Phase synchronization of neuronal oscillations in specific frequency bands coordinates anatomically distributed neuronal processing and communication. Typically, oscillations and synchronization take place concurrently in many distinct frequencies, which serve separate computational roles in cognitive functions. While within-frequency phase synchronization has been studied extensively, less is known about the mechanisms that govern neuronal processing distributed across frequencies and brain regions. Such integration of processing between frequencies could be achieved via cross-frequency coupling (CFC), either by phase-amplitude coupling (PAC) or by n:m-cross-frequency phase synchrony (CFS). So far, studies have mostly focused on local CFC in individual brain regions, whereas the presence and functional organization of CFC between brain areas have remained largely unknown. We posit that interareal CFC may be essential for large-scale coordination of neuronal activity and investigate here whether genuine CFC networks are present in human resting-state (RS) brain activity. To assess the functional organization of CFC networks, we identified brain-wide CFC networks at mesoscale resolution from stereoelectroencephalography (SEEG) and at macroscale resolution from source-reconstructed magnetoencephalography (MEG) data. We developed a novel, to our knowledge, graph-theoretical method to distinguish genuine CFC from spurious CFC that may arise from nonsinusoidal signals ubiquitous in neuronal activity. We show that genuine interareal CFC is present in human RS activity in both SEEG and MEG data. Both CFS and PAC networks coupled theta and alpha oscillations with higher frequencies in large-scale networks connecting anterior and posterior brain regions. CFS and PAC networks had distinct spectral patterns and opposing distribution of low- and high-frequency network hubs, implying that they constitute distinct CFC mechanisms. The strength of CFS networks was also predictive of cognitive performance in a separate neuropsychological assessment. In conclusion, these results provide evidence for interareal CFS and PAC being 2 distinct mechanisms for coupling oscillations across frequencies in large-scale brain networks.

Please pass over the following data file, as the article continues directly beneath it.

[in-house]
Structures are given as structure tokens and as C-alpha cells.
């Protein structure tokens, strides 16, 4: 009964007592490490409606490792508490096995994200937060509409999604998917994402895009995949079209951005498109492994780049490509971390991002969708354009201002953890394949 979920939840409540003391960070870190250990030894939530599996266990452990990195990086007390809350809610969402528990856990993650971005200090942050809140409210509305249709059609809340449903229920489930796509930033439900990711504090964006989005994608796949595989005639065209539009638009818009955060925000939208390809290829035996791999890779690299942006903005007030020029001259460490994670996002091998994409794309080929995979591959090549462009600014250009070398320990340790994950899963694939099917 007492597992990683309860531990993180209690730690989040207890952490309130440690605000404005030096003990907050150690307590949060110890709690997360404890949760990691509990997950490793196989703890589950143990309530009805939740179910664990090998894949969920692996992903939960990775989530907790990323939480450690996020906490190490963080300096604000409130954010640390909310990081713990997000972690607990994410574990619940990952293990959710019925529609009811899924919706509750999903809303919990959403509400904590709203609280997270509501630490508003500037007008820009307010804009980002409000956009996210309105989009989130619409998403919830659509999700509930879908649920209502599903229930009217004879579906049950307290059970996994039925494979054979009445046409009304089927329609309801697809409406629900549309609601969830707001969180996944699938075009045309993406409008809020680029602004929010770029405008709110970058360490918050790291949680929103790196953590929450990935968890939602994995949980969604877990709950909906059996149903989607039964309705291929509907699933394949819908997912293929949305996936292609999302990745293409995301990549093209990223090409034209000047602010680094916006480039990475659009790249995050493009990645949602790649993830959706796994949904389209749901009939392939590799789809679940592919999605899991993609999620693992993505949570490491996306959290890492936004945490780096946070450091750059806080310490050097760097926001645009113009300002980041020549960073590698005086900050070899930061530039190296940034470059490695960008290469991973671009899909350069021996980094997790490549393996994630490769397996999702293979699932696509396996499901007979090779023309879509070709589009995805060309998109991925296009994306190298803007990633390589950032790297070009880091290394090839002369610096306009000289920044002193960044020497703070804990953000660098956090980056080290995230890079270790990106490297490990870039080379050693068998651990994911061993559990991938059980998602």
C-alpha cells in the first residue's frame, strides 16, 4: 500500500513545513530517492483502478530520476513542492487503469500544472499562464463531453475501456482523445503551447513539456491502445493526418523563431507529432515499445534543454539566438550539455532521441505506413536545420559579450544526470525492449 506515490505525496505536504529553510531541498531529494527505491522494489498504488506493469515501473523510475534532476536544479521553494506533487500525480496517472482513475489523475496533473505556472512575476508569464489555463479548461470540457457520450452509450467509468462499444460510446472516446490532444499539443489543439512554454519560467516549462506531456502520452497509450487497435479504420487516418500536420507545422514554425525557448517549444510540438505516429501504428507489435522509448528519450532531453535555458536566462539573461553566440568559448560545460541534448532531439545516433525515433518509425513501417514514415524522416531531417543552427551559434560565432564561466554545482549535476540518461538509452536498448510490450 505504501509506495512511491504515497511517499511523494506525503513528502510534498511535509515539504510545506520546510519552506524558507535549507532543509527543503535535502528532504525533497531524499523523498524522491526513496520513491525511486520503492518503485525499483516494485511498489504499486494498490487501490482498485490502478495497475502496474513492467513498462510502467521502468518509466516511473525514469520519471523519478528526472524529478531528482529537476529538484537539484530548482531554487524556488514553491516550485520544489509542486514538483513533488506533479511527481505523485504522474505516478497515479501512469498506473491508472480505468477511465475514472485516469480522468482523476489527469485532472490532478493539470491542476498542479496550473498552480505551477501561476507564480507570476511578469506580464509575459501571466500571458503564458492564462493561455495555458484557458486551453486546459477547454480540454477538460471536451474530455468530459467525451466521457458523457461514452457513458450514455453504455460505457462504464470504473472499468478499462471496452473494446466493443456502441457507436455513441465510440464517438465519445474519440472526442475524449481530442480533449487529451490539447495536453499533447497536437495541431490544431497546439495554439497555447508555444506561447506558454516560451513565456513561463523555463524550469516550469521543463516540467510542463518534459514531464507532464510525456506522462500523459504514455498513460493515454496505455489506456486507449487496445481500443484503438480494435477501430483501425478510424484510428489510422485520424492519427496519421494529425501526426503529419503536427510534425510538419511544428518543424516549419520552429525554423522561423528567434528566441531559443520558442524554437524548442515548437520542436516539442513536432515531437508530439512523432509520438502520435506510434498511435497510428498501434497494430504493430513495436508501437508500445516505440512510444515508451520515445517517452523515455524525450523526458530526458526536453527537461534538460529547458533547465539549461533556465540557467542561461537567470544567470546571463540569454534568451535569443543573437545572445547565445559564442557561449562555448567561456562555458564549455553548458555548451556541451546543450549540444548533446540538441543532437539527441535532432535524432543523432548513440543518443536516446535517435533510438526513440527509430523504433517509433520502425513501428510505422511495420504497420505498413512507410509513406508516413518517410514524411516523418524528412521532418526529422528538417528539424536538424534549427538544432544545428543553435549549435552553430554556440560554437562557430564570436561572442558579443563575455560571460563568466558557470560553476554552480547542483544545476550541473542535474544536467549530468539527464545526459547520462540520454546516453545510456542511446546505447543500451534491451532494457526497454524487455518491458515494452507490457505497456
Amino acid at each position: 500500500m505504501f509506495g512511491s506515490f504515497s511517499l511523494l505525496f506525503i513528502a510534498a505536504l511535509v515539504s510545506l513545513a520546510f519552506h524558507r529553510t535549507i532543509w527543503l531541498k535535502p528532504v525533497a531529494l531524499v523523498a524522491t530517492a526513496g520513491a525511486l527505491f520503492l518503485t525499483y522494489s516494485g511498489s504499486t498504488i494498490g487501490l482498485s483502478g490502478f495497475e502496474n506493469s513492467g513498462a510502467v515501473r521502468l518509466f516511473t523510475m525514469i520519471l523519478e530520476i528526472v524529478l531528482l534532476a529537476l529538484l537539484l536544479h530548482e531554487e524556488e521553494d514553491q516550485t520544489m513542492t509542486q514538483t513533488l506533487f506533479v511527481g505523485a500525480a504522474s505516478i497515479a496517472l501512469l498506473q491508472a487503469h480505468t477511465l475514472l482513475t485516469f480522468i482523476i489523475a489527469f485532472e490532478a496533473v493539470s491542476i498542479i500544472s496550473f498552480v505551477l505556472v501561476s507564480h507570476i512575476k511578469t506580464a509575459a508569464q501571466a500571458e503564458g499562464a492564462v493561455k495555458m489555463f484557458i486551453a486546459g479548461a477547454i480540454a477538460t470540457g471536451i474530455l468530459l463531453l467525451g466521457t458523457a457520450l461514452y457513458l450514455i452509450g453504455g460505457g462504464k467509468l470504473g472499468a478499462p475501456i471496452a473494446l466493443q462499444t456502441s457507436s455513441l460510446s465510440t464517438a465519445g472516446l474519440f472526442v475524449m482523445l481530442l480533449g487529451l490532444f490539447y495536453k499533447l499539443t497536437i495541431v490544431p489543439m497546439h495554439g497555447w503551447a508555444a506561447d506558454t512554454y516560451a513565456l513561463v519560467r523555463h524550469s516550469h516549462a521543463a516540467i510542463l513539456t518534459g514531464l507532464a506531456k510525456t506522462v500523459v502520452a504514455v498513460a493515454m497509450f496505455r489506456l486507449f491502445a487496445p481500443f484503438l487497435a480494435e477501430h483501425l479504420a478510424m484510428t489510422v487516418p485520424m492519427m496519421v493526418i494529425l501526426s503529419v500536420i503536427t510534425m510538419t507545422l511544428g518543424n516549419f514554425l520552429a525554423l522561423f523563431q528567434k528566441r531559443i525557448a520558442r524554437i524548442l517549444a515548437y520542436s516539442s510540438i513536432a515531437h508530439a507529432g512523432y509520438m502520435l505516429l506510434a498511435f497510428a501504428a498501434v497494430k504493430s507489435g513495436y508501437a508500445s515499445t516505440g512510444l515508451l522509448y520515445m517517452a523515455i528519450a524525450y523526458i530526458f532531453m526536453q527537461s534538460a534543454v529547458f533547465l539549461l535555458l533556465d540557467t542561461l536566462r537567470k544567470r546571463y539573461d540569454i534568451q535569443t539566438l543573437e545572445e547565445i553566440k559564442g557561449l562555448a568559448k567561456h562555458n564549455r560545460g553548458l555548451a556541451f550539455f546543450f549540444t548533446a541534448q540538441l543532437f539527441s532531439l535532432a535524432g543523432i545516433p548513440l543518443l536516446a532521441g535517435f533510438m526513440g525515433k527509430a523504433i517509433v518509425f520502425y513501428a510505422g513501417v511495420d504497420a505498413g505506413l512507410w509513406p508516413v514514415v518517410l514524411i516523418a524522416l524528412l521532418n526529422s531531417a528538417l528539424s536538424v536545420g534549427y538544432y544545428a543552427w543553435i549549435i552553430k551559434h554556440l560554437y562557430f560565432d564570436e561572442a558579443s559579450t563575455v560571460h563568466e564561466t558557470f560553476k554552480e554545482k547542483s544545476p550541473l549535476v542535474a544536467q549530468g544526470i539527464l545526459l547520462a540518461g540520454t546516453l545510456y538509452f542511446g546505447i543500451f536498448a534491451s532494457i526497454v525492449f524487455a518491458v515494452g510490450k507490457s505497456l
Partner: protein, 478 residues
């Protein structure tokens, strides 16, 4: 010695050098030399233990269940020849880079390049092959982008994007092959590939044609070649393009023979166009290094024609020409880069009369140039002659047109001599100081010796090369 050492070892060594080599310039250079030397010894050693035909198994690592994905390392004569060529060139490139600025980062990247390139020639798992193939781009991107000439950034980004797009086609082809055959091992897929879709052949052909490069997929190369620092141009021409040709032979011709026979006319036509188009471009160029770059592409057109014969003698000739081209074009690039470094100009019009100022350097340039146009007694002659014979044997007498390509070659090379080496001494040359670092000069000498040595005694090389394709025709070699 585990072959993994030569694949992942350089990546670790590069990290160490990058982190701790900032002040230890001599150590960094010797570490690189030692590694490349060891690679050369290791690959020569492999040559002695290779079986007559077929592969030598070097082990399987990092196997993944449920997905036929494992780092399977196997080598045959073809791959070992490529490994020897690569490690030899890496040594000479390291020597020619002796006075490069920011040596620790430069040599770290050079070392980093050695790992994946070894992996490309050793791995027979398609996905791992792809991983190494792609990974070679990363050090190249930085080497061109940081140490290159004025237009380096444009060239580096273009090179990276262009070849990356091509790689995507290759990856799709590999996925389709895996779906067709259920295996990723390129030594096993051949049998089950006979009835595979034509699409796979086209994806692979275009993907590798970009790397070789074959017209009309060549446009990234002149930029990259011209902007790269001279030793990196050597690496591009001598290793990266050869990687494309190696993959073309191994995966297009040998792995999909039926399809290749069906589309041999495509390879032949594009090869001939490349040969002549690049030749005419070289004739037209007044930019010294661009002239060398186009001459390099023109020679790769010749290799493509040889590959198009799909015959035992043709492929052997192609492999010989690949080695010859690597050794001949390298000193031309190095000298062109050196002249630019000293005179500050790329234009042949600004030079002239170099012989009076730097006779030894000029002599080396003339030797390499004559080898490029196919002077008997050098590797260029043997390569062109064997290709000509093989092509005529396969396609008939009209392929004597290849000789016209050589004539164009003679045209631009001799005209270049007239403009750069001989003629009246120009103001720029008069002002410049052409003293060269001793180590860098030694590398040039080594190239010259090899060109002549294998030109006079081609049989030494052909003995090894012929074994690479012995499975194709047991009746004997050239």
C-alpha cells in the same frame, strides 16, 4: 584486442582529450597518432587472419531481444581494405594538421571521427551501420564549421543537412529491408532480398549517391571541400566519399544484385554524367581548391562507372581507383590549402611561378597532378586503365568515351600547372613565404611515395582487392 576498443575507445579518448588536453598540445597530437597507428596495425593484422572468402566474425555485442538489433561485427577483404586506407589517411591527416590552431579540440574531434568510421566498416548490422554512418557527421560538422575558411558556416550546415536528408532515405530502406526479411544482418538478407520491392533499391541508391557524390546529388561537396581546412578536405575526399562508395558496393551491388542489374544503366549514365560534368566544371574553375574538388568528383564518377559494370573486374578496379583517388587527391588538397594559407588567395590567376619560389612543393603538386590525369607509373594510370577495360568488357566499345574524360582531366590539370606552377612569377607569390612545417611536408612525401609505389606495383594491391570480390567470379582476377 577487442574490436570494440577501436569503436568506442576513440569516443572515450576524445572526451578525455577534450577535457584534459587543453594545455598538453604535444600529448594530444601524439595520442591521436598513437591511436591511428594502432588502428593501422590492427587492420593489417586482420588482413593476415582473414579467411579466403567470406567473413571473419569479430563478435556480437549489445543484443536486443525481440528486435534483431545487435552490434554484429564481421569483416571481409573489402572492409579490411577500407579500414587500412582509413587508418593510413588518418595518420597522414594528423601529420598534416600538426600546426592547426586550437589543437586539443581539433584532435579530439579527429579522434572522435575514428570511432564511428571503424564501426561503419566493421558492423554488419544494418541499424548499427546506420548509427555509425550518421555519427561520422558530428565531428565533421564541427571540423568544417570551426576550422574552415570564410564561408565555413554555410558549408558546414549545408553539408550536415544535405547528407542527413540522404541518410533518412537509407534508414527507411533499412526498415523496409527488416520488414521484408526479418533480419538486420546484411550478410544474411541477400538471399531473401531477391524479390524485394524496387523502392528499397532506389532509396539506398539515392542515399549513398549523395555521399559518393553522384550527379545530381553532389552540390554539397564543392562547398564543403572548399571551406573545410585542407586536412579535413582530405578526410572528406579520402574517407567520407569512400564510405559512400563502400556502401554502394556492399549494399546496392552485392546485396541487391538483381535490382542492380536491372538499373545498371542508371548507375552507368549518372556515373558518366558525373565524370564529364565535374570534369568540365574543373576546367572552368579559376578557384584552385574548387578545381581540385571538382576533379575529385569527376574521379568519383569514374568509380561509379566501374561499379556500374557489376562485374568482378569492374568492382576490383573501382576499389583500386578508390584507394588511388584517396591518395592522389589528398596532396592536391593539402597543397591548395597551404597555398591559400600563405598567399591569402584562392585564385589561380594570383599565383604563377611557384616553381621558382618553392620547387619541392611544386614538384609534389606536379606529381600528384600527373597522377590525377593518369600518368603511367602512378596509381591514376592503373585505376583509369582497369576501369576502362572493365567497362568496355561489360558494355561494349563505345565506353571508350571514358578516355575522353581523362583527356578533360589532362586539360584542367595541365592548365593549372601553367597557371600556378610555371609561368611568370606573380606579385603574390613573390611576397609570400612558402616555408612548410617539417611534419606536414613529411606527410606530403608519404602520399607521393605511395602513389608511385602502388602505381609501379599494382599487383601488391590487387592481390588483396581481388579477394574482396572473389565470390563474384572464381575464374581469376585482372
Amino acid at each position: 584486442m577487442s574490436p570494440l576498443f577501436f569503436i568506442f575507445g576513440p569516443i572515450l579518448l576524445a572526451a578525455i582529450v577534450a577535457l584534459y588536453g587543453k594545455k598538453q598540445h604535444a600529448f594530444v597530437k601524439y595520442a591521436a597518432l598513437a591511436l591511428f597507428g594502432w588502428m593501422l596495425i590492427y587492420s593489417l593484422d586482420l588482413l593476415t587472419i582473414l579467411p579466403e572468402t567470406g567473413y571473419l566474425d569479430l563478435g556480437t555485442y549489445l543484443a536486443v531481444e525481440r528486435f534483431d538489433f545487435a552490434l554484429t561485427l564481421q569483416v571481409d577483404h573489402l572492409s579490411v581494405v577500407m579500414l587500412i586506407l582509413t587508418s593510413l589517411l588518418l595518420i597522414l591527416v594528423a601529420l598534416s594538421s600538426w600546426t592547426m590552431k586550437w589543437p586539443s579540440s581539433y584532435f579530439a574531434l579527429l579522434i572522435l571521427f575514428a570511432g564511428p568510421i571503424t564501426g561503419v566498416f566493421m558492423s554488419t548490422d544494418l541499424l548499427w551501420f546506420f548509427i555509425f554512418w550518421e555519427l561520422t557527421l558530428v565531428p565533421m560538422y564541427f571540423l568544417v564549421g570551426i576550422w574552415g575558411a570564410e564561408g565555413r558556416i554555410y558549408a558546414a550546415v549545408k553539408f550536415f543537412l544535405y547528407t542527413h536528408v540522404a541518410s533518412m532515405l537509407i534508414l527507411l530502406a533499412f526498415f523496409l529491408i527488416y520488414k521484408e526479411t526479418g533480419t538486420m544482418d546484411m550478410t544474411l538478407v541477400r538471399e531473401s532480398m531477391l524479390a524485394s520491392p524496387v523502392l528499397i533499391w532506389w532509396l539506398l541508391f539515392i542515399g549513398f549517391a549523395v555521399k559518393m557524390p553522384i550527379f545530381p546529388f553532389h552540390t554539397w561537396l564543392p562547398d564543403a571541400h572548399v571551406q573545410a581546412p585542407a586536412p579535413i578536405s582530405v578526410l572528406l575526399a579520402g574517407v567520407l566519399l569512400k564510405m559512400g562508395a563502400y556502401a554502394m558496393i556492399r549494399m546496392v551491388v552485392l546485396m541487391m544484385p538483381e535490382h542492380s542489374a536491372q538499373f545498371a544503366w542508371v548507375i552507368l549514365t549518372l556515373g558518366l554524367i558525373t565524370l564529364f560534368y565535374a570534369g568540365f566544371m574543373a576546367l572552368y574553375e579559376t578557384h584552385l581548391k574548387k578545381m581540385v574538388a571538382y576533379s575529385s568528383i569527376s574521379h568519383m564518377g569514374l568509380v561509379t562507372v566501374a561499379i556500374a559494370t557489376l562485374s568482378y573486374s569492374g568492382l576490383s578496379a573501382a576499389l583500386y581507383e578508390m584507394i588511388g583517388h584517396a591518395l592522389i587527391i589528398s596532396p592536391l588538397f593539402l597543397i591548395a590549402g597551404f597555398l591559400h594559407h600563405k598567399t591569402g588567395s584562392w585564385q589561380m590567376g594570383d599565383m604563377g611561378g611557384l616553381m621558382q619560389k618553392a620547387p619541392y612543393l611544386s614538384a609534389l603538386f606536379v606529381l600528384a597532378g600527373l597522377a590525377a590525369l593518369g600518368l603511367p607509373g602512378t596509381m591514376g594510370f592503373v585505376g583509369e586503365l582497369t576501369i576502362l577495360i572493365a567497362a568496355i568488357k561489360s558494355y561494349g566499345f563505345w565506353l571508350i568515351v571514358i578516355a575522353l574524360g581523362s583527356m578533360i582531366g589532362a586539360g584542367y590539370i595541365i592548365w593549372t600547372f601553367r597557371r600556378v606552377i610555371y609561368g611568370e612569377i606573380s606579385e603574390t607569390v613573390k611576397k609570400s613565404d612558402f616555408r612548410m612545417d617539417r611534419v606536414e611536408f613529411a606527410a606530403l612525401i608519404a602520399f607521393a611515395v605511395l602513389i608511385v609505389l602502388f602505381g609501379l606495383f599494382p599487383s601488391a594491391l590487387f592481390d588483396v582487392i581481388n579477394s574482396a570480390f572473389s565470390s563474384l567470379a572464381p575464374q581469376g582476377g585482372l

• Rouhinen, Santeri; Siebenhühner, Felix; Palva, J. Matias; Palva, Satu (2020)
    The capacity of visual attention determines how many visual objects may be perceived at any moment. This capacity can be investigated with multiple object tracking (MOT) tasks, which have shown that it varies greatly between individuals. The neuronal mechanisms underlying capacity limits have remained poorly understood. Phase synchronization of cortical oscillations coordinates neuronal communication within the fronto-parietal attention network and between the visual regions during endogenous visual attention. We tested a hypothesis that attentional capacity is predicted by the strength of pretarget synchronization within attention-related cortical regions. We recorded cortical activity with magneto- and electroencephalography (M/EEG) while measuring attentional capacity with MOT tasks and identified large-scale synchronized networks from source-reconstructed M/EEG data. Individual attentional capacity was correlated with load-dependent strengthening of theta (3-8 Hz), alpha (8-10 Hz), and gamma-band (30-120 Hz) synchronization that connected the visual cortex with posterior parietal and prefrontal cortices. Individual memory capacity was also preceded by crossfrequency phase-phase and phase-amplitude coupling of alpha oscillation phase with beta and gamma oscillations. Our results show that good attentional capacity is preceded by efficient dynamic functional coupling and decoupling within brain regions and across frequencies, which may enable efficient communication and routing of information between sensory and attentional systems.